Devastating brachial plexus injury with multiple root avulsions results in wrist instability, imbalance, and inability of patients to control the placement of their hand in space. In this study, results of wrist arthrodesis were analyzed in relation to factors such as age, severity score, and additional hand reanimation procedures. Indices of patient satisfaction were also measured using the Terzis and Disabilities of the Arm, Shoulder and Hand questionnaires.
Between January of 1978 and January of 2006, 97 patients with posttraumatic plexopathies underwent secondary procedures for hand reanimation. Sixty-one of these patients had wrist fusion. Arthrodesis was performed between the radius and third metacarpal using mainly a rigid plate; iliac bone graft was used in the majority of patients. Thirty-one patients underwent muscle transfers (45 free muscles) and 11 had tendon transfers in the wrist fusion group to enhance finger function. Patient self-assessment was carried out using the Terzis and Disabilities of the Arm, Shoulder and Hand questionnaires.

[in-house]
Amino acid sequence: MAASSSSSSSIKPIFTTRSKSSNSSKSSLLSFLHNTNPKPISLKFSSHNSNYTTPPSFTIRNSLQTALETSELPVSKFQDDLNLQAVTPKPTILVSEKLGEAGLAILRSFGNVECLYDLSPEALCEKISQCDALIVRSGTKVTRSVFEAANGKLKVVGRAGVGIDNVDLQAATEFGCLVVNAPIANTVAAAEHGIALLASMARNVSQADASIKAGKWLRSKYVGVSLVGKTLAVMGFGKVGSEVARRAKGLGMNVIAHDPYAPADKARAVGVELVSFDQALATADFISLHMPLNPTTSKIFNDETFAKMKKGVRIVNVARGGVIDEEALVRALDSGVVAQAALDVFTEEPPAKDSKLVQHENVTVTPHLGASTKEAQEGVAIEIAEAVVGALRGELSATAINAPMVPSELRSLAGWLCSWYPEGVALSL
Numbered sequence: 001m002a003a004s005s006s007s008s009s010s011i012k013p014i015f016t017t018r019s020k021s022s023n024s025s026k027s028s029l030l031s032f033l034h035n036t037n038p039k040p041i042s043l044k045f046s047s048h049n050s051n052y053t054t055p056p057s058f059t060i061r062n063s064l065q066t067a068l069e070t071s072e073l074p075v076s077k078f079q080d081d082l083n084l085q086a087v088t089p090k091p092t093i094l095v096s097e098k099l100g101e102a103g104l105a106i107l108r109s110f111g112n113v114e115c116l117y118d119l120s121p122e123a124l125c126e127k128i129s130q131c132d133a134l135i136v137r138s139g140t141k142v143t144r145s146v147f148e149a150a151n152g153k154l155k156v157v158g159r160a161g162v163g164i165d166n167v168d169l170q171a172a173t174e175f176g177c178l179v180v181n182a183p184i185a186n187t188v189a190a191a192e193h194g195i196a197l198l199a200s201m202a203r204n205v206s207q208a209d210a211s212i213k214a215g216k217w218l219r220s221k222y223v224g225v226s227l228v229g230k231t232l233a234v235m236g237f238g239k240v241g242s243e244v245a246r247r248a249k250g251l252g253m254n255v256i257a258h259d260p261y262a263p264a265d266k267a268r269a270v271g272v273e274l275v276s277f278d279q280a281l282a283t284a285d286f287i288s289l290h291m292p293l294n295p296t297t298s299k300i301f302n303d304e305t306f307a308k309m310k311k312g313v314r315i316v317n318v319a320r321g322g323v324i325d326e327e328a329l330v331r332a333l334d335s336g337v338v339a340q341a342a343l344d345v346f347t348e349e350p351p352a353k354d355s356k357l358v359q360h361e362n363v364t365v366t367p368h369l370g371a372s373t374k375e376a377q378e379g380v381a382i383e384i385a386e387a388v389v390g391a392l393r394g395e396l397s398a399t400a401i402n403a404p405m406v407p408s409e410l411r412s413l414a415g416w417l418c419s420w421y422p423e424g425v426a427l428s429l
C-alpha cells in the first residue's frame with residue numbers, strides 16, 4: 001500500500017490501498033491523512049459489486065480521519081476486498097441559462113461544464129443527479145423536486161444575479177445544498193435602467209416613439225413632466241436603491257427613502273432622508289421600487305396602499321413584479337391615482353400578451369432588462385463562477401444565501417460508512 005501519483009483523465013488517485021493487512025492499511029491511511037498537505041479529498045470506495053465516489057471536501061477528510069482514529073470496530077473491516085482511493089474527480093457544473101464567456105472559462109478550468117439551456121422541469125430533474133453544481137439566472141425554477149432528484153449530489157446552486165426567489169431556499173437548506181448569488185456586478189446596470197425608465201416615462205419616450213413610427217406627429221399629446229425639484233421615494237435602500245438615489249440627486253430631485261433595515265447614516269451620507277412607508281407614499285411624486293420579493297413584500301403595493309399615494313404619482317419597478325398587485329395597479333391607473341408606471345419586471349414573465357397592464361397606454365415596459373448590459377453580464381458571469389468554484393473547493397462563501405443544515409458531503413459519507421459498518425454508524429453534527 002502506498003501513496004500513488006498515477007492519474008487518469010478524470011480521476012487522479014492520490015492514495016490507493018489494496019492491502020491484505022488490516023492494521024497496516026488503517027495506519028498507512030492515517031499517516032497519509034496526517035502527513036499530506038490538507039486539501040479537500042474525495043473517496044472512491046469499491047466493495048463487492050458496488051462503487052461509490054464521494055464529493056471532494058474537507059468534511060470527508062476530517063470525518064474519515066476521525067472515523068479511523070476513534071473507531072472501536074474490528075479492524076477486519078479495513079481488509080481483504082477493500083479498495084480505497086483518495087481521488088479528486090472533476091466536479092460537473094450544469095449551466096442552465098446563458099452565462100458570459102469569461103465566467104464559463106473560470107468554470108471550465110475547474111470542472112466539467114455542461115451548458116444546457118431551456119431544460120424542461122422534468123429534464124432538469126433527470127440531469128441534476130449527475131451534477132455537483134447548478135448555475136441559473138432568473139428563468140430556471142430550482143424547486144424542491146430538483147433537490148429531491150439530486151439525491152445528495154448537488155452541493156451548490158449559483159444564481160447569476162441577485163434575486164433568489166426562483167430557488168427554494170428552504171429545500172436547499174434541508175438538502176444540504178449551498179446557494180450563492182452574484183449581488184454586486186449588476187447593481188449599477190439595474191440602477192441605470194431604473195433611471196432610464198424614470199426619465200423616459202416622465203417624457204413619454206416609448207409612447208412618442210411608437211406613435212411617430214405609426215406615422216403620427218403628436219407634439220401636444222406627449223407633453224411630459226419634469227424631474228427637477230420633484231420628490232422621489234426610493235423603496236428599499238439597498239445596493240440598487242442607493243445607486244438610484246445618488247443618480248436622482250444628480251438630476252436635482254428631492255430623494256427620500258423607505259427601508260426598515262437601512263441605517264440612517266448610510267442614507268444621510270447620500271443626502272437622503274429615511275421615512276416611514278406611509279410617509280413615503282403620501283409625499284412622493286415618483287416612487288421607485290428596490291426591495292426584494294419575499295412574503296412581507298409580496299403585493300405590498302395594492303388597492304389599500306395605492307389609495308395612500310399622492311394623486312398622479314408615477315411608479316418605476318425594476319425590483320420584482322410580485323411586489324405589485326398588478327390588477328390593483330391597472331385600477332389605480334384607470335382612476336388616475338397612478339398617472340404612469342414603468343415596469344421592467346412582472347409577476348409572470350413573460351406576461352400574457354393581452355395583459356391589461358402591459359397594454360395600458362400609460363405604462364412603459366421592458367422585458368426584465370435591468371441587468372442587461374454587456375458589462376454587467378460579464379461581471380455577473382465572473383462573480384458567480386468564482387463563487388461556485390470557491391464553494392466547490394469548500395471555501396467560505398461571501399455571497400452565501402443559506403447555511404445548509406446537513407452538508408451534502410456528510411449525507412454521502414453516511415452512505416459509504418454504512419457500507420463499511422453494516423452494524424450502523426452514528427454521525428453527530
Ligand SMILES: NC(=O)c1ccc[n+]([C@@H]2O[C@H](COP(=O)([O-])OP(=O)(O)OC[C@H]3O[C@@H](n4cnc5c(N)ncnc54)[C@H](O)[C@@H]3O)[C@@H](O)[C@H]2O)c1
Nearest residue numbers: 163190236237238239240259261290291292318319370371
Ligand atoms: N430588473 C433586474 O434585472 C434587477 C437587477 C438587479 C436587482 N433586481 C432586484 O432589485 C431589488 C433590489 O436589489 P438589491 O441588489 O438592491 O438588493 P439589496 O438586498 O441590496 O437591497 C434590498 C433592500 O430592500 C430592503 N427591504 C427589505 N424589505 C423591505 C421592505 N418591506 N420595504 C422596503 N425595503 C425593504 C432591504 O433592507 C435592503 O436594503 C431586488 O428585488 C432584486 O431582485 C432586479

All patients’ wrists fused. Patients with free-muscle transfer for finger flexion and extension achieved superior muscle grading compared with patients without wrist fusion, but this was not significant. A total of 35 patients (57.37 percent) answered the questionnaires; 97.14 percent were satisfied with wrist stability and 88.57 percent reported that the procedure enhanced the overall upper limb function. The Disabilities of the Arm, Shoulder and Hand score was 59.14 ± 12.9, which means moderate ability in daily activities.
Wrist fusion in patients with brachial plexus palsy is recommended as a complementary procedure, offering a stable, painless carpus, with improvement of overall upper limb function and appearance.
From the Department of Surgery, Division of Plastic and Reconstructive Surgery, Eastern Virginia Medical School.
Received for publication March 18, 2009; accepted June 29, 2009.
Disclosure:Neither of the authors received financial support for this study.
Julia K. Terzis, M.D., Ph.D., Department of Surgery, Division of Reconstructive Surgery, Eastern Virginia Medical School, 700 Olney Road, LH 2055, Norfolk, Va. 23501, email@example.com